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Acute rheumatic fever

Last updated: June 23, 2021

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Acute rheumatic fever (ARF) is an inflammatory sequela involving the heart, joints, skin, and central nervous system (CNS) that occurs two to four weeks after an untreated infection with group A Streptococcus (GAS). The pathogenic mechanisms that cause rheumatic fever are not completely understood, but molecular mimicry between streptococcal M protein and human cardiac myosin proteins is thought to play a role. Because of the structural similarities between the two proteins, antibodies and T cells activated to respond to streptococcal proteins also react with the human proteins, causing tissue injury and inflammation. In addition to nonspecific symptoms (e.g., fever, malaise, and fatigue), patients present with symptoms involving the heart (carditis or valvulitis), joints (migratory polyarthritis), skin (subcutaneous nodules, erythema marginatum), and/or CNS (Sydenham chorea). The diagnosis of ARF is primarily clinical and based on the Jones criteria. Diagnostic evaluation in ARF typically shows elevated inflammatory markers, positive antistreptococcal antibodies, and valvular damage on echocardiogram. The first-line treatment is penicillin combined with symptomatic anti-inflammatory treatment, typically with salicylates or glucocorticoids (if salicylates are not effective). ARF may be complicated by progressive, permanent damage to the heart valves (especially the mitral valve), resulting in chronic rheumatic heart disease. Preventing the cardiac complications of ARF is the main goal of both primary prophylaxis (i.e., antibiotic therapy for GAS pharyngitis) and secondary prophylaxis (antibiotic administration following an episode of ARF).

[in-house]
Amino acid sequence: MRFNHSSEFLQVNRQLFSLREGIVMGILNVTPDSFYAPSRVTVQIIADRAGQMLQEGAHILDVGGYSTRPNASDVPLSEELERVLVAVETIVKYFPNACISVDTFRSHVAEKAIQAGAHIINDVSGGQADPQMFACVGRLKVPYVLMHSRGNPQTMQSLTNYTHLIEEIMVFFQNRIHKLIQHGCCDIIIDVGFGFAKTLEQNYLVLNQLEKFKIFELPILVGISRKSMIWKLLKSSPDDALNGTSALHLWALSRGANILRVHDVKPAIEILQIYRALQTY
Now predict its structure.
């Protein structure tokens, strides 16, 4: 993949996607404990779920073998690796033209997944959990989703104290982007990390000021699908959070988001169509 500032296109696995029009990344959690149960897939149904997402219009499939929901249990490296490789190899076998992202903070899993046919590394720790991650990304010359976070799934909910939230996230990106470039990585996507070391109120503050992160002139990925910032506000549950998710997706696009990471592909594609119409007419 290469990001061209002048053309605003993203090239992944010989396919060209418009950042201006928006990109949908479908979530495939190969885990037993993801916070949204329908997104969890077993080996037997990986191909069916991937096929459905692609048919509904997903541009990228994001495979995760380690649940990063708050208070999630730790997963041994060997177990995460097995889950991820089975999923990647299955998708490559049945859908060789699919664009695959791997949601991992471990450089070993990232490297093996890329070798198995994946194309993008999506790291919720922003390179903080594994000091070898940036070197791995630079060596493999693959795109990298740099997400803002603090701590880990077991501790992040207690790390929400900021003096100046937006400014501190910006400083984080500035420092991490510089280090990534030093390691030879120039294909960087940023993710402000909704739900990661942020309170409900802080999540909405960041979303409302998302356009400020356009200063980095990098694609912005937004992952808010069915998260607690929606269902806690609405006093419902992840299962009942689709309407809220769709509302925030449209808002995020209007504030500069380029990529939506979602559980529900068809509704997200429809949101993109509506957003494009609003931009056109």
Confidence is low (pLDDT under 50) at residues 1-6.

• Delayed inflammatory complication of group A β-hemolytic streptococcal pharyngitis that usually occurs within 2–4 weeks of acute infection [1]
  • One of the nonsuppurative complications of GAS pharyngitis
  • Rheumatic heart disease refers to two clinical entities:
    • Acute pancarditis as a sequela of GAS infection
    • Chronic cardiac valvular changes as a complication of acute rheumatic fever
  • Peak incidence: 5–15 years of age [2]
  • Prevalence: more common in resource-limited countries [3]

Epidemiological data refers to the US, unless otherwise specified.

Rheumatic heart disease tends to involve the high-pressure valves (i.e., the mitral and aortic valves).

The symptoms of acute rheumatic fever can be remembered by reading the JONES criteria (see “Diagnostics” below) as an acronym that replaces the “o” with a heart: J = Joints, ♥ = Pancarditis, N = Nodules, E = Erythema marginatum, S = Sydenham chorea

Approach [10][11]

Revised Jones criteria [10][11]

  • Diagnostic criteria for patients with laboratory findings of a preceding GAS infection
    • Initial episode of ARF: two major criteria or one major plus two minor criteria
    • Recurrent ARF: either the same as for an initial episode of ARF or the presence of three minor criteria
Revised Jones criteria for the diagnosis of ARF

Low-risk populations